In a post I did on Halloween in 2012, I talked about the value of “dark” holidays in giving us permission to approach our fears and reduce them to conquerable representations. What better way to face your fear than to create a costume of it? This is one idea that could have multiple layers. Literal representations of things like spiders or rats may initially come to mind, but I encourage you to think a little deeper. Often our fear of something mirrors an area within ourselves with which we feel uncomfortable. A fear of spiders may actually be connected with a fear of losing control or a fear of showing your creativity to the world. Finding a way to symbolize more abstract fears can add a depth to your costume. The very act of creating the costume then becomes a therapeutic act in itself.
Dress as yourself:
But not literally as yourself because that would be boring.
Dress as a stereotype or exaggeration of yourself.
Want to bring your activism into your celebrations? Use this time of year to push the boundaries of how society perceives stereotypes. This is the time of year when some of the more hurtful stereotypes make a grand appearance, garnering outrage from any number of groups. On the one hand, we could cry foul, recoil in horror, and allow the negative energy of thoughtless people to hurt, or we could use Halloween as a time to fight back.
A few years ago, I chose to go as a witch—a stereotype of my own spirituality. I chose to do so because I feel that I have more power over how that stereotype is used if I embrace it and turn it into an empowerment rather than feeling miffed and horrified at the way others choose to use that stereotype. By dressing as a stereotype of an aspect of myself, I opened doors for interesting conversations about why I chose my costume and what my identity means to me.
Dressing as yourself could also involve things that don’t fall into larger identity categories. For instance, you could create a costume that portrays minor flaws or personality quirks. Explore what they mean to you. Or go as a two-sided concept like your greatest strength and greatest weakness (which often seem to be the same thing, e.g. perfectionism/attention to detail). Your friends might get a chuckle in seeing you take a jab at yourself, but more importantly, they’ll see you taking ownership of who you are, which is a pretty fucking powerful message, whether that’s followed up with a desire to change or a desire to keep on going as you are.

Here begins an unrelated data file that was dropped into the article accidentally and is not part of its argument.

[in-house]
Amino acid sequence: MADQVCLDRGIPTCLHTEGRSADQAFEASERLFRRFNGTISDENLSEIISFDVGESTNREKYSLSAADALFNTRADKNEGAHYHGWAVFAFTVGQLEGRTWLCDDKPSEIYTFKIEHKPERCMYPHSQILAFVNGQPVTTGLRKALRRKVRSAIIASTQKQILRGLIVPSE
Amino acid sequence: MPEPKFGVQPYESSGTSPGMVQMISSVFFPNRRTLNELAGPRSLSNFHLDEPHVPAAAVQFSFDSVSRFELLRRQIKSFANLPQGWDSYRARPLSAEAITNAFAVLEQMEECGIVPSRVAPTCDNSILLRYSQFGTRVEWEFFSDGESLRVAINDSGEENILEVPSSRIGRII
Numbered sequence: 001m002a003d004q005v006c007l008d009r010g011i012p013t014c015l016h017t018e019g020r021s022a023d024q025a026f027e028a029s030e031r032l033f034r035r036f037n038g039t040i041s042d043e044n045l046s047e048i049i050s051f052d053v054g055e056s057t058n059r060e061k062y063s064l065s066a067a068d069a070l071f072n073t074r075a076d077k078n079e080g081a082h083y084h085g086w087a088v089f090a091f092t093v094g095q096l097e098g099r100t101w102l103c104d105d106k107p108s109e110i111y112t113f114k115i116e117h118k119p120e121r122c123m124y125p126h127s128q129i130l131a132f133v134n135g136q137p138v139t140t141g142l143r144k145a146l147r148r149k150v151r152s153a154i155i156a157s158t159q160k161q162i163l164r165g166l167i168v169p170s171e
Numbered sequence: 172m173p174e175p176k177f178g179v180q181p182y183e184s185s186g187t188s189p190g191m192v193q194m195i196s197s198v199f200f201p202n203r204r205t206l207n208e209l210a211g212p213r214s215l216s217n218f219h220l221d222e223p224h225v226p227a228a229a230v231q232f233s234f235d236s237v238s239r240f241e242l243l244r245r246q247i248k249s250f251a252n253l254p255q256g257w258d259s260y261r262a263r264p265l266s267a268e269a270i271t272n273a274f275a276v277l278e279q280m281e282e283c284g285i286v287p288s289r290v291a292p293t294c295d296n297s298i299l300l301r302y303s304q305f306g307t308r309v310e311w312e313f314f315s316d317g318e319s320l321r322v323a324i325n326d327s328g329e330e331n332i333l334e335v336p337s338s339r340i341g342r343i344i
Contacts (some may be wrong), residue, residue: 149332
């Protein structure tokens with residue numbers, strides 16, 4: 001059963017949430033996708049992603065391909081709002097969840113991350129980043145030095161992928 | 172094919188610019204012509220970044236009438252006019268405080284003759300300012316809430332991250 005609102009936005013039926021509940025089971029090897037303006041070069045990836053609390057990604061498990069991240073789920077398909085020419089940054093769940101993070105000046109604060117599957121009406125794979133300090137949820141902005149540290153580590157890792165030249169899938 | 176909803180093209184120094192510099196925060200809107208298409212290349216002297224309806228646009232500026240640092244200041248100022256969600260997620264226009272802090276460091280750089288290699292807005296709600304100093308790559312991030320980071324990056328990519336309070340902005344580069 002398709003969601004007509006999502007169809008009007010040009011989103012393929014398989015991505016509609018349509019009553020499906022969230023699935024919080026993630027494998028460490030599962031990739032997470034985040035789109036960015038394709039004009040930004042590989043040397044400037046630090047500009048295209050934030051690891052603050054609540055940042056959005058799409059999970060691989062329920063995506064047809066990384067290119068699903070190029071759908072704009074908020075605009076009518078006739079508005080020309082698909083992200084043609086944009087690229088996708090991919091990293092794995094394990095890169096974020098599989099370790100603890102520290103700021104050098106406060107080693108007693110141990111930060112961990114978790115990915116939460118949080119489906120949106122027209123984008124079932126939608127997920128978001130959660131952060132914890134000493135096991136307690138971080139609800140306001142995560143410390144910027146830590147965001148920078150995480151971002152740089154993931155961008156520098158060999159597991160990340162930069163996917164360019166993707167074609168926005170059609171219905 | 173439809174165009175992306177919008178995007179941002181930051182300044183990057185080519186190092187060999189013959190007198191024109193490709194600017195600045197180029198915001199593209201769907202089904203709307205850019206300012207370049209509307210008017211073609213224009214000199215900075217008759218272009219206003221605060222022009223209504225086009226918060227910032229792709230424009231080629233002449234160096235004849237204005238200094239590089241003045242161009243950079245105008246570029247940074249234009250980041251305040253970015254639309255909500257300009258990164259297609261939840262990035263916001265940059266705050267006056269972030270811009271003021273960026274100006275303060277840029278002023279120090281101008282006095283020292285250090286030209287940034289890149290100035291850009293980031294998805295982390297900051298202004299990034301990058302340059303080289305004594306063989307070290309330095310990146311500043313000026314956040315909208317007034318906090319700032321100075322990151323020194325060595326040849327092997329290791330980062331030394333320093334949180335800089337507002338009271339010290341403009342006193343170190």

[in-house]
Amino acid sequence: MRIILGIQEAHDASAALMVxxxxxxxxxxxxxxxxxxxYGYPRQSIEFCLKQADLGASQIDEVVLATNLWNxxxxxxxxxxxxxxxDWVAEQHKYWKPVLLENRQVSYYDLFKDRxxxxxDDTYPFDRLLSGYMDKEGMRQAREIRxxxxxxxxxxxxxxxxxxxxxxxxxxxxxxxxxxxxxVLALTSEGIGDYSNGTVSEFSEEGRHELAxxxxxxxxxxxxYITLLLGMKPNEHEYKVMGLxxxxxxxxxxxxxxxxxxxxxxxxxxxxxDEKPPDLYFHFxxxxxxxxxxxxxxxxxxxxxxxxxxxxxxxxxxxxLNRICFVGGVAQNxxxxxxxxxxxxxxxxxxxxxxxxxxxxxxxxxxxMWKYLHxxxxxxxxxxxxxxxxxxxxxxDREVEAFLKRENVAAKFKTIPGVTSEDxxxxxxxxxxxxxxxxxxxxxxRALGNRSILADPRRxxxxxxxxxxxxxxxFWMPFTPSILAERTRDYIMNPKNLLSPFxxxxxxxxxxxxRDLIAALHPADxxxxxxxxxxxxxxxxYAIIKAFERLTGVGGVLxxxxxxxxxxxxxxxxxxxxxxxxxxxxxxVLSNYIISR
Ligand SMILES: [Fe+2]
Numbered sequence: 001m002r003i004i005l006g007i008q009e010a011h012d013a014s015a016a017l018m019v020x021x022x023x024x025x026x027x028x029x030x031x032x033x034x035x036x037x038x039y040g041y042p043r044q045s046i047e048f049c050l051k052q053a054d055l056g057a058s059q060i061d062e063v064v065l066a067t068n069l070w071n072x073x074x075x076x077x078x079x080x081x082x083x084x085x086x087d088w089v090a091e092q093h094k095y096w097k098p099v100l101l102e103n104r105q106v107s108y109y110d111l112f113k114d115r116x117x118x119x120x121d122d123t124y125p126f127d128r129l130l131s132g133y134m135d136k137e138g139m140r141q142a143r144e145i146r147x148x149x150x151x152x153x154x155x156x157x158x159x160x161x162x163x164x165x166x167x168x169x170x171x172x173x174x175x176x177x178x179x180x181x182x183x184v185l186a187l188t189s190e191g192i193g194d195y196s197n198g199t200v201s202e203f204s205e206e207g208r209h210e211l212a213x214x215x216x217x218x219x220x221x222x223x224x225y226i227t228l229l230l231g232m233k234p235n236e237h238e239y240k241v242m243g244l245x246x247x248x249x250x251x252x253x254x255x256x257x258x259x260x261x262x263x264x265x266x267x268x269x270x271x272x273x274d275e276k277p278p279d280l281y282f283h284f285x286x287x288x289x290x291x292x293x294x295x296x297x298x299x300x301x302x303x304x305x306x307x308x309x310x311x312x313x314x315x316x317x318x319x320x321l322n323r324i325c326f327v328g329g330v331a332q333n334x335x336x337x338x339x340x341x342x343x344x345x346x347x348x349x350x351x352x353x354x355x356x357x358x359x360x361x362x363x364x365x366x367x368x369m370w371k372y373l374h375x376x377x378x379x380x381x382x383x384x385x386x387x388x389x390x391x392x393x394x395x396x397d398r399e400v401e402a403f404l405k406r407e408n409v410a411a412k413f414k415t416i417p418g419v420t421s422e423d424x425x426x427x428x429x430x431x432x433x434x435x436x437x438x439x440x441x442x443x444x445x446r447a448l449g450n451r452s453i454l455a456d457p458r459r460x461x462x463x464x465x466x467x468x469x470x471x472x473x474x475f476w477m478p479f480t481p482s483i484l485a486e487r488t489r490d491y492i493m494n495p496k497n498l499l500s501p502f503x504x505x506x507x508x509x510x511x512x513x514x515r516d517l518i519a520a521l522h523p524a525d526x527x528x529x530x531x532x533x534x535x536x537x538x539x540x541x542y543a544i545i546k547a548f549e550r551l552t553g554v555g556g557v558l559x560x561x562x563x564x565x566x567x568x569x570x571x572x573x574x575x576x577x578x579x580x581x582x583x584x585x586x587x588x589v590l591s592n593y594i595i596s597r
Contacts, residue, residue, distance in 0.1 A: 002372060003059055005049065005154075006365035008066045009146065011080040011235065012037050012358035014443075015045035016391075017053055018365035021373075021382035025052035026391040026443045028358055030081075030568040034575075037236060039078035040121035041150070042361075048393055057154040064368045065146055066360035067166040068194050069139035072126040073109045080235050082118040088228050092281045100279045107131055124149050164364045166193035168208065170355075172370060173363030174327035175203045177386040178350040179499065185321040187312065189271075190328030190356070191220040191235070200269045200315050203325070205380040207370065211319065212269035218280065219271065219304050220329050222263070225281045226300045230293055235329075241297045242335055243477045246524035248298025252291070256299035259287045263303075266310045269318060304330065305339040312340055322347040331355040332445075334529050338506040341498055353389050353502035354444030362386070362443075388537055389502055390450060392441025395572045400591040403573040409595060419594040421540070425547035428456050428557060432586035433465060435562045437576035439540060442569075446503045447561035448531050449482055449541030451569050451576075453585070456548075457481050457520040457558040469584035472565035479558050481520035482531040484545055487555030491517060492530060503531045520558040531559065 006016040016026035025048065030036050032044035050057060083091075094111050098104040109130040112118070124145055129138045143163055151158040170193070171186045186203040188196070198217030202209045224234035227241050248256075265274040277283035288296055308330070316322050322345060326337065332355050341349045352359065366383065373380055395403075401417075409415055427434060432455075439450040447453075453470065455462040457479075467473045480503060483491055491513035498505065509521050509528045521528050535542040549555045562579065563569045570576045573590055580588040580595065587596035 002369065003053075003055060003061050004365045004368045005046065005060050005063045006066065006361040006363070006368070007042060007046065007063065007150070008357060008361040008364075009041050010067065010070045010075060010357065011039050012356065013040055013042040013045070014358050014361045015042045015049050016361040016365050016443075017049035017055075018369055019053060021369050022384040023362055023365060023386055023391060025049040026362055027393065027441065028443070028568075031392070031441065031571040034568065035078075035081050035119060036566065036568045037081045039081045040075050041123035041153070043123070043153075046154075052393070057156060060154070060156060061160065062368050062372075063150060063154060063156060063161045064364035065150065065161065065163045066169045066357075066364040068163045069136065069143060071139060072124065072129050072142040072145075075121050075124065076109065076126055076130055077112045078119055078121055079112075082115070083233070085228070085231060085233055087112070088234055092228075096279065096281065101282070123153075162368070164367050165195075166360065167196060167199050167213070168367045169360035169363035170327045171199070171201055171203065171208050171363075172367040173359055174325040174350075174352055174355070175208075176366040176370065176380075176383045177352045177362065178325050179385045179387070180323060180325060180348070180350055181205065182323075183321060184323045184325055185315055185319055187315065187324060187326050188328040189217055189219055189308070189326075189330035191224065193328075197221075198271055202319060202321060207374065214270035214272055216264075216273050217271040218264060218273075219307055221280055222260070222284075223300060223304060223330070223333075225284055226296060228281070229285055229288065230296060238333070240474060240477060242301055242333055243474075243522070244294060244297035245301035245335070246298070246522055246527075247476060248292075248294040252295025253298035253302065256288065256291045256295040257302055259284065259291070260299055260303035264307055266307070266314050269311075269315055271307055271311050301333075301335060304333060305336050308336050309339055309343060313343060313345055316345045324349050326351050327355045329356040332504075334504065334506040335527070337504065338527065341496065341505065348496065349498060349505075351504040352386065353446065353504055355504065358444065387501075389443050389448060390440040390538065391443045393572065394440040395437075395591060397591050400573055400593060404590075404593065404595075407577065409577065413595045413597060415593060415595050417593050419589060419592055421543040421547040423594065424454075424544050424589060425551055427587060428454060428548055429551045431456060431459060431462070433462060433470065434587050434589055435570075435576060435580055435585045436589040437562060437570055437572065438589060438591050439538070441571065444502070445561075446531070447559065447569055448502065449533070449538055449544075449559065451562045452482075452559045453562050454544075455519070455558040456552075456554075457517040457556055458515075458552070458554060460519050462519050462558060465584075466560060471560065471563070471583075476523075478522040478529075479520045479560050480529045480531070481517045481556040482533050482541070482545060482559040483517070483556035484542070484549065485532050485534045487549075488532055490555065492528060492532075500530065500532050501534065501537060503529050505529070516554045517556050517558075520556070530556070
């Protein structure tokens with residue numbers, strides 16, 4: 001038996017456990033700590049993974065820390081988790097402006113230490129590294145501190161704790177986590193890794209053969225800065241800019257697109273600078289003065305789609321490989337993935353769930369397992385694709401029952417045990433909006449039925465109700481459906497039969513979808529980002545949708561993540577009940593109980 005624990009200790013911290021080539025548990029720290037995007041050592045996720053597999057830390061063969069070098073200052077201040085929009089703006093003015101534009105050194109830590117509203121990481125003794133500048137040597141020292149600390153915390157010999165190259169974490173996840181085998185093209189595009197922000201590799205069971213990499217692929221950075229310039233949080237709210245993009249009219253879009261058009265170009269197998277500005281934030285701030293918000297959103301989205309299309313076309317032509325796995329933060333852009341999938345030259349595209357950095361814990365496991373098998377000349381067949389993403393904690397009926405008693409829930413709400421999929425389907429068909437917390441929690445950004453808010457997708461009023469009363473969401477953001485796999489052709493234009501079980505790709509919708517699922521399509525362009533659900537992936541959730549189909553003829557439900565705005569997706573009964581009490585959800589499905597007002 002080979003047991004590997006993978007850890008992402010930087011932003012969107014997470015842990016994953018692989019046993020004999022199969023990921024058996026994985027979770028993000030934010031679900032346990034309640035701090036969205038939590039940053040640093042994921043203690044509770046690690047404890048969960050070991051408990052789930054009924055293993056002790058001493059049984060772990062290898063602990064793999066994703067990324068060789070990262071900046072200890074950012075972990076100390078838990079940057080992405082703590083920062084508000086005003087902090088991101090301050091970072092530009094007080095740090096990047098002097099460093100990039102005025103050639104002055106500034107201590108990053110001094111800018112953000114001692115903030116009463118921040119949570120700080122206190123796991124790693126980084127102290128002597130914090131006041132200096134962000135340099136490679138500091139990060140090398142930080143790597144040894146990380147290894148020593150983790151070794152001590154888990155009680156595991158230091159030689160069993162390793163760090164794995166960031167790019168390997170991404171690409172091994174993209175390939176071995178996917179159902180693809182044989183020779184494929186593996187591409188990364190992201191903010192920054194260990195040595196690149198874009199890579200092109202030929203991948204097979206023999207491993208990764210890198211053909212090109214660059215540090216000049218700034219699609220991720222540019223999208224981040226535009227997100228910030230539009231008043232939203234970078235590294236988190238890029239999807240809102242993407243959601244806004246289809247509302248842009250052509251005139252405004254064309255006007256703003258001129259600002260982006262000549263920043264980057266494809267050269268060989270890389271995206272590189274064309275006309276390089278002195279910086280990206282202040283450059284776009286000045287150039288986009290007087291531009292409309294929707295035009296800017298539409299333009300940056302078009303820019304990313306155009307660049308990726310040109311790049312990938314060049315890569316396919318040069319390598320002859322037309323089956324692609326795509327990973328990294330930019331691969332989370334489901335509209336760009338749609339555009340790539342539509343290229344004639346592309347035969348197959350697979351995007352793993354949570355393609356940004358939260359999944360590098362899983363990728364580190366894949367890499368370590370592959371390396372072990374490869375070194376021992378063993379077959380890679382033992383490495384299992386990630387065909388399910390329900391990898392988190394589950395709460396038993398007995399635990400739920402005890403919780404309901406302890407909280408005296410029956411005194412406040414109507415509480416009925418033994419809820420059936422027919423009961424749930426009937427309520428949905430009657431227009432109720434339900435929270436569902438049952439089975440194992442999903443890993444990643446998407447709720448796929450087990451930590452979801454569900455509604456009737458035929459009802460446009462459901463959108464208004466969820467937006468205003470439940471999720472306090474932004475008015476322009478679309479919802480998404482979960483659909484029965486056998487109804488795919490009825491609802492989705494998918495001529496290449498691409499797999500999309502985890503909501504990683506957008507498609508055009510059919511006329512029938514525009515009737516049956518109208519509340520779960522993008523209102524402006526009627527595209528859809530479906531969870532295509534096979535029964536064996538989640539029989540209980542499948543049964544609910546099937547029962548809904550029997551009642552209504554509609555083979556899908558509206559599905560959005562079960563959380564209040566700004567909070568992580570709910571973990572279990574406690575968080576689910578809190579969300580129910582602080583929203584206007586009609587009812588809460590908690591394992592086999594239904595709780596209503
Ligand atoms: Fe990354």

I would love to hear about or see pictures of what you choose to do for Halloween. I hope these suggestions give you something exciting to work towards to offset all of the messages that tell you what to avoid. This is one of those holidays that I see as holding tremendous power, and I would love to see mainstream society take a more mindful approach to how we celebrate—which, as I’ve experienced, doesn’t mean it ceases to be fantastically fun!
Facebook is being a fucking ass right now. In case you haven’t heard yet, they’ve begun shutting down people’s accounts for using chosen names or pseudonyms.
I first started hearing rumors about Facebook locking people out of their profiles, asking for identification in order to get back in, several months ago. At the time, they were very distant rumors. I assumed it was someone who had been harassing another person and was reported as a result.
But then I started hearing rumors about drag performers being told they had to use their real names, and I thought, “Well that’s dumb. They’ll get push-back and change their policy.”
I began to watch more closely as Sister Roma struck up an attempt to raise awareness and convince Facebook to change their policy to allow pseudonyms or alternate names. Sister Roma, and those fighting with her, made an excellent case for why Facebook should rescind the policy, but Facebook declared that they were going to stay with their jack-assed assumptions that people must use their legal name on their profile.
Why is that such a big deal?
There is quite a bit of prejudice inherent in demanding that drag performers or transgender individuals use their legal birth name. Refusing to acknowledge someone’s preferred name, like choosing to ignore their preferred pronouns, is a form of transphobia that attempts to steal identity away from the person. It’s an ironic move on Facebook’s part since they recently introduced more gender options for a person’s profile. It’s even more ironic since I haven’t heard of a single celebrity being locked out of their account for using a stage name rather than a birth name. So much for consistency.
But the transphobia and double standard isn’t all that’s at play here. This name policy holds huge repercussions for other groups as well, particularly survivors of abuse.